From the spraying of organic acids on raw materials to multiple ingredients in the mixer, the use of liquids in feed manufacturing is common at many stages in processing.  

Since its launch more than 30 years ago, for example, liquid methionine is used in more than 50% of production in some markets, i.e. in the United States and Mexico. In the Middle East and Southeast Asia, the use of liquid methionine is growing due to market concentration and increased automatization.

Liquid methionine penetration often reaches as much as 80% to 90% for integrators and large feed millers.

This article highlights the experiences feed industry stakeholders have had with liquid methionine and other liquid products.

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Advantages and limits of liquid raw materials and additives. (Adisseo)

Cooperative utilizes liquid raw material, additives in its new plant

COBADU, a Zamora, Spain-based cooperative with 10,000 members, produces feed for ruminants, swine and poultry in one plant in split into four separate units.

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COBADU team (left to right): Eduardo Bueno Salvador, technical director; Fernando Antunez Garcia, deputy general manager and financial director; and Diego Bernal Garcia, nutritionist. (Courtesy Adisseo)

In 2016, COBADU built a new unit that utilizes many liquid ingredients, which are stored in tanks, including soybean oil, palm oil, olive oil, animal fat, molasses, lignosulfonate, blends of organic acids, methionine, lysine, xylanases and phytases.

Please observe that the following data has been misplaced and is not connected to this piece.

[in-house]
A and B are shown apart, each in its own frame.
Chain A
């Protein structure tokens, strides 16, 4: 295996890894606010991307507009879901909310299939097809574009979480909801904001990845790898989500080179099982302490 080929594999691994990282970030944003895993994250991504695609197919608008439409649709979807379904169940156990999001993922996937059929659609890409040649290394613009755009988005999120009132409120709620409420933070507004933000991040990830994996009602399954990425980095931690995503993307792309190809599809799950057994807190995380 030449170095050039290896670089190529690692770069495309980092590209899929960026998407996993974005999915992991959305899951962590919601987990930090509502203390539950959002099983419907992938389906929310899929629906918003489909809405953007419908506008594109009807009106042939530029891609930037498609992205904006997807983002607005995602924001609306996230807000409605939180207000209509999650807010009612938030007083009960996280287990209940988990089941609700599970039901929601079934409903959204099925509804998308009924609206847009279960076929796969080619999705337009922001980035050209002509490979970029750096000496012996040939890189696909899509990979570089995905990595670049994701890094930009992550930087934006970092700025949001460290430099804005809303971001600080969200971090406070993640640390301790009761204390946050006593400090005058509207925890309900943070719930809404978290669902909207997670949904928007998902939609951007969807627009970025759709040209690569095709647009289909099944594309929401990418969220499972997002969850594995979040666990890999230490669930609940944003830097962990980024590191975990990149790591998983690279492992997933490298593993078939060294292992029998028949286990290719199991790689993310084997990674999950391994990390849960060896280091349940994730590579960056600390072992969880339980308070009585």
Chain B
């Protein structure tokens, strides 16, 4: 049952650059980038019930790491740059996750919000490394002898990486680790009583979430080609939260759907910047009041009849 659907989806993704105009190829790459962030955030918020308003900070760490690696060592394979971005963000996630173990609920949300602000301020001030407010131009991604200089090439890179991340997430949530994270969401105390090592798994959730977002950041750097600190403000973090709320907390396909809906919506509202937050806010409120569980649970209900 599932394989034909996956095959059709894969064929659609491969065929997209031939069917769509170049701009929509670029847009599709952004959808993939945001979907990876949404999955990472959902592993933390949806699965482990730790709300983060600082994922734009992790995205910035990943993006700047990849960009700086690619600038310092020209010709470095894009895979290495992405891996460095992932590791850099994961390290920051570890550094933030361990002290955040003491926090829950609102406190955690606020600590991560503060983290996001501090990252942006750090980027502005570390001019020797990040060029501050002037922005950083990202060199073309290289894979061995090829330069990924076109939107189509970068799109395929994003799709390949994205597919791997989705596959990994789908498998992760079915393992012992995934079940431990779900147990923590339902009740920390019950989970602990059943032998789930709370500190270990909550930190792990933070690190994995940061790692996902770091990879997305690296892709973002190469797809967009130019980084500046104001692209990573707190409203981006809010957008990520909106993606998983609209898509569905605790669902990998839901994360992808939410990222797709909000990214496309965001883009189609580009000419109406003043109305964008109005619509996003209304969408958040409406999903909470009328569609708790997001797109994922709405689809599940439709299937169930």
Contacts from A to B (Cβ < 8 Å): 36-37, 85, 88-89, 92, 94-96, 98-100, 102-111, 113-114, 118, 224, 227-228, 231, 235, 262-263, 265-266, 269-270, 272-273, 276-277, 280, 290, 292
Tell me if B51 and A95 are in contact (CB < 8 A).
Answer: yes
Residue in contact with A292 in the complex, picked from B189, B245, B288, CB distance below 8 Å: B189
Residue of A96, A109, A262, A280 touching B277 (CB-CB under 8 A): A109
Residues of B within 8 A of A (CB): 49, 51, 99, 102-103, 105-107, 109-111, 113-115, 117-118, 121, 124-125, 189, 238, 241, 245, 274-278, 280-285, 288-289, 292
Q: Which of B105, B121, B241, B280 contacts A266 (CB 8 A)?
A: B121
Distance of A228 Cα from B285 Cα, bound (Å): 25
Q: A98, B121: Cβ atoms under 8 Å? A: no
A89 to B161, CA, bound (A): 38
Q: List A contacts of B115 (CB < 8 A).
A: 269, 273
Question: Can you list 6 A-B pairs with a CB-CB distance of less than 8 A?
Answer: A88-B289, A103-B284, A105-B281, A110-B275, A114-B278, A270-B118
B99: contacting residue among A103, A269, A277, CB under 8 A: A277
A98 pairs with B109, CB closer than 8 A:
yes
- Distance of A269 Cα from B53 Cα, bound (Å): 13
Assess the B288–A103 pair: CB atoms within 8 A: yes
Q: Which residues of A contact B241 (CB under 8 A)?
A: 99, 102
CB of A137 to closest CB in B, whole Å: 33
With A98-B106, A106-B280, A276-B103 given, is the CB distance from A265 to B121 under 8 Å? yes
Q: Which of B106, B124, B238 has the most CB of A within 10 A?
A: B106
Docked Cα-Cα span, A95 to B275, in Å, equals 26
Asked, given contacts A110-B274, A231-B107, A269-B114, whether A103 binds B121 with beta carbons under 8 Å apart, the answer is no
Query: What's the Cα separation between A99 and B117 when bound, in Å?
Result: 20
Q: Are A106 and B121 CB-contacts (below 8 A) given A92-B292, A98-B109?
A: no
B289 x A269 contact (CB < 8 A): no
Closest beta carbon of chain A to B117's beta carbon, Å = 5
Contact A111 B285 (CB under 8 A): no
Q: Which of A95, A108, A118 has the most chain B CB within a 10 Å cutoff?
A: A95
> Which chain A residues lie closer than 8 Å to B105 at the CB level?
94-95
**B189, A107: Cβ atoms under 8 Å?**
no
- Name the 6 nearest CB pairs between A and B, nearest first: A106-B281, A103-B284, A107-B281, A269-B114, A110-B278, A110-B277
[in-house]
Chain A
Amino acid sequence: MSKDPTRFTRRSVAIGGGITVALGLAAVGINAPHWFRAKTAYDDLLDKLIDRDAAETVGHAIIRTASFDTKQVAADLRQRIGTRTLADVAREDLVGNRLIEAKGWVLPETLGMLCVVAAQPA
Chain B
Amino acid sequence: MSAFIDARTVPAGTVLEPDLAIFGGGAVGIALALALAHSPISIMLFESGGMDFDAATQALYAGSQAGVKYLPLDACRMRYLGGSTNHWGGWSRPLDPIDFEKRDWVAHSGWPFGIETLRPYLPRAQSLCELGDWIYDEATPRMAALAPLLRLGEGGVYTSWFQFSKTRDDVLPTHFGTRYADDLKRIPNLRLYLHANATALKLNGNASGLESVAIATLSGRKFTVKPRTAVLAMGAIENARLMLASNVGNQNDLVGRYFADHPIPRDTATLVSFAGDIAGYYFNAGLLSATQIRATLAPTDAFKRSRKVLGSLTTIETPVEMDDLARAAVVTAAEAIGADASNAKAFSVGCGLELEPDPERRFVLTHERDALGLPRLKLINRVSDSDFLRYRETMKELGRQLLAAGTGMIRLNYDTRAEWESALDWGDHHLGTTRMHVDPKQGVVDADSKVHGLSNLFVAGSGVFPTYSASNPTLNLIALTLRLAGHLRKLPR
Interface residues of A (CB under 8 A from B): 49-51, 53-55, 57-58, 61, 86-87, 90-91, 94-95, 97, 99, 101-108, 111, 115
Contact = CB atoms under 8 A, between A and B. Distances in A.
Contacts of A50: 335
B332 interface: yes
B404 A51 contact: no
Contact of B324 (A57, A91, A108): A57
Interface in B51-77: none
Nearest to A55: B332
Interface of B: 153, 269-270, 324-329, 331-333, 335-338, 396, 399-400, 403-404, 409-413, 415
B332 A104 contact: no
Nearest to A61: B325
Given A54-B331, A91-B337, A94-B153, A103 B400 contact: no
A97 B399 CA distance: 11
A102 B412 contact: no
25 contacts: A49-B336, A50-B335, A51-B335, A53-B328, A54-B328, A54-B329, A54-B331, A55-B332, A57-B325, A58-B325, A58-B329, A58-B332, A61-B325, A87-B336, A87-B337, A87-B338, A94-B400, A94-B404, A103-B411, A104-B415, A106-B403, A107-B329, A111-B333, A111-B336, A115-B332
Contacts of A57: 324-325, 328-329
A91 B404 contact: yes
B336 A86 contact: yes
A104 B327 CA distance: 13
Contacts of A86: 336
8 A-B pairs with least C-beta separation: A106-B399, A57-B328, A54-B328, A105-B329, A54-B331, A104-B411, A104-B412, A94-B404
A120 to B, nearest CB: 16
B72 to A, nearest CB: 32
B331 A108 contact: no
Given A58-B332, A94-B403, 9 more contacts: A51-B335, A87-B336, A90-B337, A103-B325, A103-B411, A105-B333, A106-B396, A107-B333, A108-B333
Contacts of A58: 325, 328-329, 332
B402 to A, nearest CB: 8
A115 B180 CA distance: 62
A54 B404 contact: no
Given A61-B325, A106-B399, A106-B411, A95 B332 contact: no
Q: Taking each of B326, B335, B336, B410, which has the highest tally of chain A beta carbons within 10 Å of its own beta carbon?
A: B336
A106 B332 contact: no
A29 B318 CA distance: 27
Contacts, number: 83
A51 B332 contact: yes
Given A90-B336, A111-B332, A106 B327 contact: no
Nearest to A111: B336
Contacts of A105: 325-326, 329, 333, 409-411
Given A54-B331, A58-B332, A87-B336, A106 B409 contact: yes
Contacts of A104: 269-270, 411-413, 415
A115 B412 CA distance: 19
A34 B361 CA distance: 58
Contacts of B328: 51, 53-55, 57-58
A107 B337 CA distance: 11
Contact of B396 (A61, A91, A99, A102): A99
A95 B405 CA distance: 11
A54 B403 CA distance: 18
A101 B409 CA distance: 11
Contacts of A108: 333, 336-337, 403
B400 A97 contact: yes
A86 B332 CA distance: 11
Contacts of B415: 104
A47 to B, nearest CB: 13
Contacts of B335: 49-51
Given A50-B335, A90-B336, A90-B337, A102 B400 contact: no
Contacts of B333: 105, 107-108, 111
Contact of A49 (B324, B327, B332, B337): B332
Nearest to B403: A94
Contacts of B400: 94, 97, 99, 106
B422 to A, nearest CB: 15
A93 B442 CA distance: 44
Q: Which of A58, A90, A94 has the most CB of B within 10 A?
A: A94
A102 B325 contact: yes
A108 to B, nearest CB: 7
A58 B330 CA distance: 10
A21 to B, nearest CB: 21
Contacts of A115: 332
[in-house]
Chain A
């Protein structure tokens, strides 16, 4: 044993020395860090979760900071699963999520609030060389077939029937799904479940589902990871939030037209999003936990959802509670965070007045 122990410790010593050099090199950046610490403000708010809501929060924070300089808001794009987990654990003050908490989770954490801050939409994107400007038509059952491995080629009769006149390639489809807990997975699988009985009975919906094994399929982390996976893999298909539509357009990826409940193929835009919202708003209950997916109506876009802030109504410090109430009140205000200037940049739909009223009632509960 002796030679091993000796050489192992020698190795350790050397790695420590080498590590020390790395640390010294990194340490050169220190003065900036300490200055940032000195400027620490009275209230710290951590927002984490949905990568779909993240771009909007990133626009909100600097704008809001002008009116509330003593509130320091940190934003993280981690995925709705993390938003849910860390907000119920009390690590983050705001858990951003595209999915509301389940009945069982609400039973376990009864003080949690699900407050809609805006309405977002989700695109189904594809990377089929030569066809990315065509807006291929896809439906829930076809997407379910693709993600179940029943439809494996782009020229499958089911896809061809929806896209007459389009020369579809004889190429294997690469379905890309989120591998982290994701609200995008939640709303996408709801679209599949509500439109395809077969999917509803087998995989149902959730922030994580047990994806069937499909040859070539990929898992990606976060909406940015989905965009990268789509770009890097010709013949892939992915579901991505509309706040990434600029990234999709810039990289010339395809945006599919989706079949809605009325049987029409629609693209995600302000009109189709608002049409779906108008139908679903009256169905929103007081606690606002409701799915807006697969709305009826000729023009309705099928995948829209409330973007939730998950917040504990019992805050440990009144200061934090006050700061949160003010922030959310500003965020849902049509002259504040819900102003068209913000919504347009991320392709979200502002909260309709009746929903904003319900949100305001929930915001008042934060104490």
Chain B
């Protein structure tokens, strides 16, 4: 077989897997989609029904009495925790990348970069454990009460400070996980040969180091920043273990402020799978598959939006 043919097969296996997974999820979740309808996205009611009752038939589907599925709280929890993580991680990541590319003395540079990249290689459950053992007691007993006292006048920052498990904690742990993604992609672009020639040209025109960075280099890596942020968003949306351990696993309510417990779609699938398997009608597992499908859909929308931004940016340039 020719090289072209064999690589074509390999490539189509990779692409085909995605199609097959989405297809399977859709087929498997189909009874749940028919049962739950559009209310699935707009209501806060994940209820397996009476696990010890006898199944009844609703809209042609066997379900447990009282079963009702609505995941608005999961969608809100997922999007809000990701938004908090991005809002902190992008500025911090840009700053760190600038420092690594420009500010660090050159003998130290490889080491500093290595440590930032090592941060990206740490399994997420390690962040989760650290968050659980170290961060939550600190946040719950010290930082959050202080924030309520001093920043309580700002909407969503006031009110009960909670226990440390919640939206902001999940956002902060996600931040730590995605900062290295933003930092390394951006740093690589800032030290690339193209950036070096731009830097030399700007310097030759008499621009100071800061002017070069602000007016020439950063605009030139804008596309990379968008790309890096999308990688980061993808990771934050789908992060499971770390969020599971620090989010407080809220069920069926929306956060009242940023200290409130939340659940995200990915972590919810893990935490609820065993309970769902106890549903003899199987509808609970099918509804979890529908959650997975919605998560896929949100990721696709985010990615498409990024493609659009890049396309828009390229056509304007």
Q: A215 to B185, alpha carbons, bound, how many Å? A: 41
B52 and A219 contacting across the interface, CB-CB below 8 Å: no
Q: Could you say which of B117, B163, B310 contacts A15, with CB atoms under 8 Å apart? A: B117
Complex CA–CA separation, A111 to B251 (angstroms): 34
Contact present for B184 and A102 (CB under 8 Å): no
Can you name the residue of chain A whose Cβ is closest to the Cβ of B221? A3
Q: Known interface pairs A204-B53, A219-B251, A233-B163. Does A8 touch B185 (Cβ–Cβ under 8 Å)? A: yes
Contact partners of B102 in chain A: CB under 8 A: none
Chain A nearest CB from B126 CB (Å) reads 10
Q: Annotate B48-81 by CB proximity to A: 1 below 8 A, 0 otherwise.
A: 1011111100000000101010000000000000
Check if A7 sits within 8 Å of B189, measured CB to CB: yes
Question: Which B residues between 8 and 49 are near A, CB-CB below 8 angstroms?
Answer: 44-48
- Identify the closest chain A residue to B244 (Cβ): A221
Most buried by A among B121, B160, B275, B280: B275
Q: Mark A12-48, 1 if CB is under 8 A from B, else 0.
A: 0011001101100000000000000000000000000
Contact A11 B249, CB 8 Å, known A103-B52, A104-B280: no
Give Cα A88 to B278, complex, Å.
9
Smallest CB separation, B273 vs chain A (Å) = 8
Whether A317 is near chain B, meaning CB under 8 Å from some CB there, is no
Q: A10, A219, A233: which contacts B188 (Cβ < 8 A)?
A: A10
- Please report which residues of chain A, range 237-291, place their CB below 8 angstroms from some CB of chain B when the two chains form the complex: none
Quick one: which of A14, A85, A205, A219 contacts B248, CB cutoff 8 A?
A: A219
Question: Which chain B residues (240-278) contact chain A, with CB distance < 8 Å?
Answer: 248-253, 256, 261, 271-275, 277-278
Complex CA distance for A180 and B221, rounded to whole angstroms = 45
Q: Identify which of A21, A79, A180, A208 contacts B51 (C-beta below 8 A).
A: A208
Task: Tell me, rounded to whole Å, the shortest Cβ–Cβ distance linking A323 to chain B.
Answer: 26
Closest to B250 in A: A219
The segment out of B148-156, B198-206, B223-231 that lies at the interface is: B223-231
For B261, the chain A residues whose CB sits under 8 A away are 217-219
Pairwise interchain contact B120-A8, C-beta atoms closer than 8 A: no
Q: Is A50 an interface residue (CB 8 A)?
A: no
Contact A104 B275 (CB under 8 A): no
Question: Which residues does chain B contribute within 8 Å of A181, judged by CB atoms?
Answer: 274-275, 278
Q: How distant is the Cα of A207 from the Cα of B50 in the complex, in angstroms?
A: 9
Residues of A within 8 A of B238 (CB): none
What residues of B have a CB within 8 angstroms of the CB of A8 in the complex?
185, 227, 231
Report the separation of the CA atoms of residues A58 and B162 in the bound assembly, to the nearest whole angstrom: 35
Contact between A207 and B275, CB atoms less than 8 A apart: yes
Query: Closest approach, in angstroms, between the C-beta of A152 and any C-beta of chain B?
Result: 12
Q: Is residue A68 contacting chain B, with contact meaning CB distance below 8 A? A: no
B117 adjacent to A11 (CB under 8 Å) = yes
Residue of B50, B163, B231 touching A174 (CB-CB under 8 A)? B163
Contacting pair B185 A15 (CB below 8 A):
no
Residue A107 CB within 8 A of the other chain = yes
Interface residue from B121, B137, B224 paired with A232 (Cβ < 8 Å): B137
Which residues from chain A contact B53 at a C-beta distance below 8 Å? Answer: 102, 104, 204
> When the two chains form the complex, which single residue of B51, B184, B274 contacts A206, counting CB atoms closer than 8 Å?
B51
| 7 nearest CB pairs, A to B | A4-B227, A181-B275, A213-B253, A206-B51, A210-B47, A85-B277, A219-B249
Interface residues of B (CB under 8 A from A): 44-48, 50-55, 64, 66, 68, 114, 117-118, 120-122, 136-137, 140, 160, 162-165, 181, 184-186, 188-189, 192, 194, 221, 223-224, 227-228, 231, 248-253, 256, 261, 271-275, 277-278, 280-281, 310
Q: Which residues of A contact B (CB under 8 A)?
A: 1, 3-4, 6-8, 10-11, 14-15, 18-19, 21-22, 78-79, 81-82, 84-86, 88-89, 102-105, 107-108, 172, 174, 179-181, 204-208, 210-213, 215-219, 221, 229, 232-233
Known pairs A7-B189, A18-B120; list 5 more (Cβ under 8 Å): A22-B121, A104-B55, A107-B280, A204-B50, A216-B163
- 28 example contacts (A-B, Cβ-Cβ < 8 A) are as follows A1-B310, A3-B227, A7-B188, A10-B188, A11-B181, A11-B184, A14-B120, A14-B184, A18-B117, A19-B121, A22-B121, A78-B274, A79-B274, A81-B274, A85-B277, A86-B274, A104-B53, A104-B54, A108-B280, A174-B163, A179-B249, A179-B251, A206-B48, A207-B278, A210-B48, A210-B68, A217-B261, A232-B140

COBADU partnered with Mangra, a Spanish company specialist of liquid products application, to work on this project.

Fernando Antunez Garcia, COBADU’s deputy general manager and financial director and president of the Spanish Association of Feed Manufacturers (CESFAC), explains that the cooperative chose to include mainly liquids in this new unit because “they are efficient and cost effective.”

The equipment investment is higher at first than for powder additives, he says, but becomes cheaper over time due to labor savings offered by automated systems.

“Liquid additives is way of the future and a way to increase competitiveness,” Antunez Garcia says.

COBADU Technical Director Eduardo Bueno Salvador sees the advantage of having no dust, which decreases explosion risk in the plant and the breathing of fine particles by workers.

“An automatic system for a same quality of feed than with the powder forms,” Salvador says.

The COBADU team feels liquid products make the daily routine easier, e.g. trucks unload quickly and no manual labor as required when transporting bagged product to storage and production. With liquid ingredients, all product is stored in tanks and ready to use.

COBADU produces more than 600,000 tons of feed annually.

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All liquid products used in COBADU are dosed automatically by flowmeters. (Courtesy Adisseo)

Additive supplier shares benefits of liquid lysine

Liquid lysine is a competitive source of lysine available in the European market, says Ajinomoto Animal Nutrition Europe’s deputy sales director-EMEA, Pierre Tillé.

With its production facility in France, it has very much developed in Western Europe where liquid lysine represents between 20% and 50% of the market depending on the country. Customers use liquid lysine because it provides easy handling, accurate dosing and homogenous inclusion.